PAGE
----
911 Operator might be simple is the aesthetics department, but for what it lacks in flash it makes up for it in being a well-designed strategy title.

911 Operator isn’t exactly what you think when reading the name. Vehicle dispatch simulator might be a more accurate title but that clearly doesn’t sound as clean as 911 Operator. The concept is pretty simple. The player is in charge of sending units of different types around a map to respond to emergency situations. Fires, robberies, medical injuries of all kinds are here for you to save the day.

At first glance the concept and presentation make 911 operator feels very simple to a negative degree. Everything is represented in a flat UI with units be represented by rectangular icons and logos. The presentation does leave a lot to be desired but the simplicity is key when factoring in later challenges as the difficulty in managing the chaos increases.

The first couple of cities are apparently low crime areas. With simple crimes being committed like speeding and an occasional fire might break out every now and again. These first areas are simple to navigate and achieve a safe city. As cities grow larger and have more elements to combat against is when 911 operator becomes and addicting chaos fighting simulator.

911 operator gameplay image

In later cities, each unit has more than one task but a lot of curve balls can be thrown in to make the player have to think of the fly. On the police side of things, units might start needing backup because they are under fire or are outnumbered during a robbery. Using critical resources to help out those units might leave a speeding felon unconfronted.

As the difficulty increases additional units also become available that add more strategy into the mix. Police eventually have Bike units that can maneuver and get to crime scenes very quickly. Making them the go-to when it comes to catching a speeding vehicle or providing backup in a dire situation, but if you need a transport they clearly can’t throw a criminal on the back of their bike. Making them need an additional transport needed on the field to worry about.

Before tackling every city players have the option to edit their units. Adding more vehicles and units in each squad can help increase productivity and decrease the time spent at each stop. This is where the strategy of having a good blend of different units becomes crucial to achieving success.

When you break down what 911 Operator is really about what you find is a strategy game mixed with some time critical elements. The only thing that sticks out is the occasional call players have to answer and pick dialogue options. These require the player to get crucial information like an address quickly so you can provide help not only in a swift manner but the right type of help as well.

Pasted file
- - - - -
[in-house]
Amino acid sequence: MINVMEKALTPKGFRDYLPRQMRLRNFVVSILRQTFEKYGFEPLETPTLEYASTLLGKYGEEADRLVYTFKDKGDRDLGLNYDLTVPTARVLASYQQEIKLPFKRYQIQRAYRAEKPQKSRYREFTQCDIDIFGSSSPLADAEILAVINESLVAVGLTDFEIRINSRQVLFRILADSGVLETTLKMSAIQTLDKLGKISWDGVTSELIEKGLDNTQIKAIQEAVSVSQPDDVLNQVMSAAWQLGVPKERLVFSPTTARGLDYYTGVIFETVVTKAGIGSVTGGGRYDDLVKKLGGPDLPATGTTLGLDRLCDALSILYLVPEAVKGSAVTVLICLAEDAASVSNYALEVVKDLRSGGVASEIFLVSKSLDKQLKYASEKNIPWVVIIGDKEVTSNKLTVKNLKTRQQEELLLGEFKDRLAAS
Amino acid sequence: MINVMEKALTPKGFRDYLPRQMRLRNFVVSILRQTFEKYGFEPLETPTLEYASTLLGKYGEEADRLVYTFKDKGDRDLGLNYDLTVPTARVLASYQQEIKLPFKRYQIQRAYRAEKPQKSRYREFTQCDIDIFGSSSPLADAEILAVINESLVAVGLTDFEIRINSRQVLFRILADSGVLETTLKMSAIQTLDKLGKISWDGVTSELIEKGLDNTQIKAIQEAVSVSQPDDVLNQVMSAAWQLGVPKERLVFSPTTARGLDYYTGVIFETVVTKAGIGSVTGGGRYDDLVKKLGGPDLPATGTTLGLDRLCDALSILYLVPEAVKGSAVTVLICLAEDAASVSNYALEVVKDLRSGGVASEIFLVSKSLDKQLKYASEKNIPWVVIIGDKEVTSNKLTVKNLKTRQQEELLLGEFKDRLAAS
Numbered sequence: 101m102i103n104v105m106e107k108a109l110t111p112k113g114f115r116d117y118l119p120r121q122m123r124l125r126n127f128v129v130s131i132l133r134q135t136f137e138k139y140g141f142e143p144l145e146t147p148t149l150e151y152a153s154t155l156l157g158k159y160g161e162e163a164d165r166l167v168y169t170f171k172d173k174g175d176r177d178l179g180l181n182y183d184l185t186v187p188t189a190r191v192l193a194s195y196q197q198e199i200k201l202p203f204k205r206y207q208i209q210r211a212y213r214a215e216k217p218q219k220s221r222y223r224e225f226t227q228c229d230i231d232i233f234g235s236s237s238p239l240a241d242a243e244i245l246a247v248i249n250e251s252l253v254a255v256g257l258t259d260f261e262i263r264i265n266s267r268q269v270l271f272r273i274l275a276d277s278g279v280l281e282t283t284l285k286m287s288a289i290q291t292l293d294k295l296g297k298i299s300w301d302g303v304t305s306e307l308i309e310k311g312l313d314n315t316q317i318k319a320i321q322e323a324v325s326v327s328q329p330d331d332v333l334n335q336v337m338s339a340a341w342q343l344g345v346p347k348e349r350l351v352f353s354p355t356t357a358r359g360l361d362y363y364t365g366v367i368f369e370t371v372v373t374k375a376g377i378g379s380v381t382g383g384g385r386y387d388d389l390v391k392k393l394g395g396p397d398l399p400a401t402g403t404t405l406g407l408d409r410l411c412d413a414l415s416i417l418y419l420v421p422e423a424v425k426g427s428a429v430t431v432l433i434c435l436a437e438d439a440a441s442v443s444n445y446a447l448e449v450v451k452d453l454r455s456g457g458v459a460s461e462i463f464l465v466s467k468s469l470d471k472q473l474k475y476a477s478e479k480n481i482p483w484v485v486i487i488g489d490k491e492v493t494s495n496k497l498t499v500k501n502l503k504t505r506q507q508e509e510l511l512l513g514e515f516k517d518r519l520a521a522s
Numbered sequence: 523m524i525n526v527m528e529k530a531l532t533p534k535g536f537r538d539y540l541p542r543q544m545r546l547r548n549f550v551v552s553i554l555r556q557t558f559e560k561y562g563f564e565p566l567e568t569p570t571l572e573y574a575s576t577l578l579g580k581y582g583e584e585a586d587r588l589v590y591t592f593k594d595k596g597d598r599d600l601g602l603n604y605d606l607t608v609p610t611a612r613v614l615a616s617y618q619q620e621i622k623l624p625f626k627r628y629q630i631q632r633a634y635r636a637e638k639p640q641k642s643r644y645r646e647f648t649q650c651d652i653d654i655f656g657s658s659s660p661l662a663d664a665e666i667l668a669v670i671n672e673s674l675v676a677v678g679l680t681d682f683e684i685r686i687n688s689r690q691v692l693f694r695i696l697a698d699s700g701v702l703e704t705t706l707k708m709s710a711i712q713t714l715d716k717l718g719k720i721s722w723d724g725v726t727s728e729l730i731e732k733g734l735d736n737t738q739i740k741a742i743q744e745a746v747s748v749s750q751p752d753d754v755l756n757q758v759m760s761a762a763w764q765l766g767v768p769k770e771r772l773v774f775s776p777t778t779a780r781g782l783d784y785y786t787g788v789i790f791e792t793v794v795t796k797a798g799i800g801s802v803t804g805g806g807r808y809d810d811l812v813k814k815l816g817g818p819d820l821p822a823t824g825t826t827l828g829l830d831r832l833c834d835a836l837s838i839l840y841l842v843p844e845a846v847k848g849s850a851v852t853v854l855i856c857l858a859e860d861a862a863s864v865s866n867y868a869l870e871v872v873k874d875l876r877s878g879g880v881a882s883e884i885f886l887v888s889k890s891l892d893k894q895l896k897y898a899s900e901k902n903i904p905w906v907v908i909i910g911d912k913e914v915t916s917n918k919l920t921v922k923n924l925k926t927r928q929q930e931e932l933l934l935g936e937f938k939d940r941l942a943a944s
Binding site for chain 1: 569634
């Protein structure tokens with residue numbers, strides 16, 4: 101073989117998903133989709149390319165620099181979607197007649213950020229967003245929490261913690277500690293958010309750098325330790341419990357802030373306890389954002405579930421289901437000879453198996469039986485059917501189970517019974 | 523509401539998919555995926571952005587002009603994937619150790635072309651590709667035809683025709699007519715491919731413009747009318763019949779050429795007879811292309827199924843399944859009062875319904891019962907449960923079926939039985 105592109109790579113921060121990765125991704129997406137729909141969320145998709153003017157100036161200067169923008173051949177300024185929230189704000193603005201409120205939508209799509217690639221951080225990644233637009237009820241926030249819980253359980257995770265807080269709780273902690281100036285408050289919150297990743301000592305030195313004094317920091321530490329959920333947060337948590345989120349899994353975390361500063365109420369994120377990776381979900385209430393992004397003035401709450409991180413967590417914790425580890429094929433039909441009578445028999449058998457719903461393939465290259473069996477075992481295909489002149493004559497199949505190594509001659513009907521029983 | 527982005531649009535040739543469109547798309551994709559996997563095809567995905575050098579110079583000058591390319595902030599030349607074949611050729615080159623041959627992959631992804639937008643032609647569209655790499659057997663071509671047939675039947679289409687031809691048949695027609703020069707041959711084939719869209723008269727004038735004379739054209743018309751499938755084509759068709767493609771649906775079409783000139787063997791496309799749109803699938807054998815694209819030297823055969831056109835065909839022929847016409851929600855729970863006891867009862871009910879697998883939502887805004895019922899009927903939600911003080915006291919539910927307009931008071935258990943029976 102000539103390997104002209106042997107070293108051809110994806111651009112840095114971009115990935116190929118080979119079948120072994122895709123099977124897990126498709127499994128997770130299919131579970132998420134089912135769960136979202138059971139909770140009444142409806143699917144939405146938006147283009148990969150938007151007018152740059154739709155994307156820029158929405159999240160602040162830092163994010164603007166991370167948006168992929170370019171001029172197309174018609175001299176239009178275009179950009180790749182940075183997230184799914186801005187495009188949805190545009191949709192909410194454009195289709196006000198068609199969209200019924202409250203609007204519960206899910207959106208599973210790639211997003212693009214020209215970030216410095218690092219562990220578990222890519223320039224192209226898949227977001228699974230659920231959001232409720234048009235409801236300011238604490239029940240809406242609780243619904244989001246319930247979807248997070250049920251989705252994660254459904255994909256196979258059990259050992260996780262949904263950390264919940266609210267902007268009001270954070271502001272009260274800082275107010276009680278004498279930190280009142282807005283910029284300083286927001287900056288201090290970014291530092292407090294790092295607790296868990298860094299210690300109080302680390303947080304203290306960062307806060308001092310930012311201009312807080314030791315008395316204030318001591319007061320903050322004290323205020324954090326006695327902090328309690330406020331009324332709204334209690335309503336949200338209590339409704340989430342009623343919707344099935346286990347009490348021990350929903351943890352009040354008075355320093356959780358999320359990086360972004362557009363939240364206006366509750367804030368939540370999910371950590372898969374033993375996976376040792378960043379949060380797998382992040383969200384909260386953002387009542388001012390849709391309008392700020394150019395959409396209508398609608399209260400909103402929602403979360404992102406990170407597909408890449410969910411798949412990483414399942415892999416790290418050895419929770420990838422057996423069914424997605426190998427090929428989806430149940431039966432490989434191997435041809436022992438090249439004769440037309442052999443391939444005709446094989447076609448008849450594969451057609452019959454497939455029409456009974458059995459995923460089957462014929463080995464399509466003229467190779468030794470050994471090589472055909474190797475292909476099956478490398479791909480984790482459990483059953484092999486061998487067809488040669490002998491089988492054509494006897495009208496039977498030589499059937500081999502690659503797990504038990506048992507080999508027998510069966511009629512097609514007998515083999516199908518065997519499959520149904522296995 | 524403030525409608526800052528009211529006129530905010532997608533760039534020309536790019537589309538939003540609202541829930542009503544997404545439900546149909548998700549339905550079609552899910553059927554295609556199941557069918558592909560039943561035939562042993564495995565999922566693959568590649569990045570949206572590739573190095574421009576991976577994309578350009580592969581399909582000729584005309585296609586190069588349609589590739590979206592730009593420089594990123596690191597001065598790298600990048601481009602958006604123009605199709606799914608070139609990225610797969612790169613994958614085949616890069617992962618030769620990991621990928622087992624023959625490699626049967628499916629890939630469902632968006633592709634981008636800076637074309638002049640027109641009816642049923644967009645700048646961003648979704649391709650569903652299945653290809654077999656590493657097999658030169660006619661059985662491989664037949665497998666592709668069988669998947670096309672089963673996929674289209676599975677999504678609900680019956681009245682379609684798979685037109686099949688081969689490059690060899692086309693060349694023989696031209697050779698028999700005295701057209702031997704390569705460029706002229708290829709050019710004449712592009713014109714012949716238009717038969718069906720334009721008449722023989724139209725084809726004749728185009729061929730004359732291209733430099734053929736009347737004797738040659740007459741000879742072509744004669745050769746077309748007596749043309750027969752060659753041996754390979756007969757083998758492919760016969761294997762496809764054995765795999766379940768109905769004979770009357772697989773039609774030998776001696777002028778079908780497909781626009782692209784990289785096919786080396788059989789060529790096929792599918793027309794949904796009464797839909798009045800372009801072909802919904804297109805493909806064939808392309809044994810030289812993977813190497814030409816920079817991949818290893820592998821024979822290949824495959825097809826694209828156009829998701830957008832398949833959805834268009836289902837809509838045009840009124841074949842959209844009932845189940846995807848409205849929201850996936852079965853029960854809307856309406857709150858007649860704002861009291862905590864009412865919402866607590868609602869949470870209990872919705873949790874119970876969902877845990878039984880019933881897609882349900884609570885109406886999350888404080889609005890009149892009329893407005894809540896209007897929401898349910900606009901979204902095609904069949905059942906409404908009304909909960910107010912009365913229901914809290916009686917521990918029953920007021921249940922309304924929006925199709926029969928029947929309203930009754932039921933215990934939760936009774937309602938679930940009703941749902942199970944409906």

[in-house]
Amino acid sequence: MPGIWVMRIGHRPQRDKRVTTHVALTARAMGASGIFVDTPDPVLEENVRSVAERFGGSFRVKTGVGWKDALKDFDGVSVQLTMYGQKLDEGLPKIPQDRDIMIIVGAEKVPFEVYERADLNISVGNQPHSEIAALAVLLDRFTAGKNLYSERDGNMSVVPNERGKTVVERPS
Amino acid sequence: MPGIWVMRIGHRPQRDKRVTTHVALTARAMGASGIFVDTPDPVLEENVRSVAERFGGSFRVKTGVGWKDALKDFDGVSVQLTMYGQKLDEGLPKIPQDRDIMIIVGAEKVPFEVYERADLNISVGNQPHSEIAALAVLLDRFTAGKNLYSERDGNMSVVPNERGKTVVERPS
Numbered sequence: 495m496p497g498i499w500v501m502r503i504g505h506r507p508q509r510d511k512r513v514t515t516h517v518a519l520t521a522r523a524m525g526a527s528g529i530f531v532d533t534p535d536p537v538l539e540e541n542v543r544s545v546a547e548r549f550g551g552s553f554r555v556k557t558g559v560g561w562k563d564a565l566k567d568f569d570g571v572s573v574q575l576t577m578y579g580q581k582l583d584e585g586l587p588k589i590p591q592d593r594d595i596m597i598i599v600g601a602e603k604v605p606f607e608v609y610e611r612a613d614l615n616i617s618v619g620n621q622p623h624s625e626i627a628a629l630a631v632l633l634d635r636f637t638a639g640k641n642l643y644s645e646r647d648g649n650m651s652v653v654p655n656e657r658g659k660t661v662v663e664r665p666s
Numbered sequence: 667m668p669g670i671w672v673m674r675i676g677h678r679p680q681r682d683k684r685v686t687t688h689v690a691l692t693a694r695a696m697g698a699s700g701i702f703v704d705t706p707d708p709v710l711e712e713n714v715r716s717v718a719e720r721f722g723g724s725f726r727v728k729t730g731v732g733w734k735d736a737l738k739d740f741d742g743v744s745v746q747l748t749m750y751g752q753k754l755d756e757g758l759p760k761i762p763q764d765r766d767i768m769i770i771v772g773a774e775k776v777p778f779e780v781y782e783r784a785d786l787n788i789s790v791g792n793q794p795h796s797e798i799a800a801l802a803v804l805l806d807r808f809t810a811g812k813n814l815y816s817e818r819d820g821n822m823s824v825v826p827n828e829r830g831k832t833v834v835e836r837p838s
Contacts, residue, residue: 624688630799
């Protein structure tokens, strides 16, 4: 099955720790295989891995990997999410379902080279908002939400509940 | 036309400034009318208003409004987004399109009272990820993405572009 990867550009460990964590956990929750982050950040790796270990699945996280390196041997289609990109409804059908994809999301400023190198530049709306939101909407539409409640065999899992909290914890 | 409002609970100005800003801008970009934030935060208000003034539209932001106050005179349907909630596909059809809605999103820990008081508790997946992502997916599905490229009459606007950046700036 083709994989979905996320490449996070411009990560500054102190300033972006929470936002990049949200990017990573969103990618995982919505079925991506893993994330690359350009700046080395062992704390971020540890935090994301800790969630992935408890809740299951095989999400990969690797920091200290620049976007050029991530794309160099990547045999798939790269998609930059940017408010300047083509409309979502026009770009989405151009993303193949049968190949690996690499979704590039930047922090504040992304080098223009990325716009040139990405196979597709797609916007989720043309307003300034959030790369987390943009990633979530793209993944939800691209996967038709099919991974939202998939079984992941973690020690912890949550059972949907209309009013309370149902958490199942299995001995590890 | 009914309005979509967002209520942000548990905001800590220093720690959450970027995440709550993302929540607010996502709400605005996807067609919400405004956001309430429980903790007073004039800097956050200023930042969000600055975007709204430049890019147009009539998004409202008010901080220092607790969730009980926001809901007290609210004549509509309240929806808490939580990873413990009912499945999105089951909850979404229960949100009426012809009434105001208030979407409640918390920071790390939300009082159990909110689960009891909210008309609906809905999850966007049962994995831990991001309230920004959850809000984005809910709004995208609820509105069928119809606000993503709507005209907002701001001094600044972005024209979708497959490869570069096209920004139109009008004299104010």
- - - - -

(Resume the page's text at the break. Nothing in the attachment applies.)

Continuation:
When looking at 911 Operator as a whole package its achieves its goal but like how I briefly mentioned before the presentation is a bit odd. The developers included a message that playing with headphones is the preferred method of play. This is because at all times there’s a radio like a background noise in an attempt to add atmosphere. With and without headphones I found this to be very strange.

The issue I have with this is that the background noise is not always actual words. But a jumbled mess of sounds that got put through a “radio call filter.” With headphones, this doesn’t really add anything to the mix other than something to break the silence, and when playing on a TV or in portable mode on Switch, let’s just say I got a weird look from my significant other when she heard the commotion. It’s not a deal breaker by any means, but there is no music or any type of alternate background substitutes.

There is a part where actual voices can be heard though and us through the actual voiced 911 calls during a level. Most of the calls coming in are automatically reported for the player and a simple pop up appears on the map to respond to. The actual “calls” element is usually only a small portion of your calls.

This is sort of a double-edged sword because it definitely takes more time to get through these calls and doing them over and over would require a lot of voice work and patience. 911 Operator attempts to give a good balance of the voiced and simple calls, but the frequency of the voiced calls feel a bit too far apart for my liking.

The other issue I take with the calls is that there isn’t much of a challenge when you figure out the flow of each call. When a call is received you have different dialogue options but 90 percent of the time as long as you choose the address section of the choices you will be successful. Something that required a little more digging and variety to get to the information needed would have been nice.

This makes the overall package of 911 operator a bit of a mixed bag. As someone who enjoys a really good management sim, I became addicted once the later levels hit their stride. The chaos is fun and getting a higher score is something I wanted to do. But the 911 voiced calls started to become annoying on repeat playthroughs. So much that I feel like they could be removed entirely and it would actually help the final product.

Even with the shortcomings, I had a really good time with 911 Operator. It isn’t going to win any awards for presentation and style but the design of the systems is spot on to provide an addicting strategy game hiding beneath a criminal justice paint job. And who doesn’t love justice?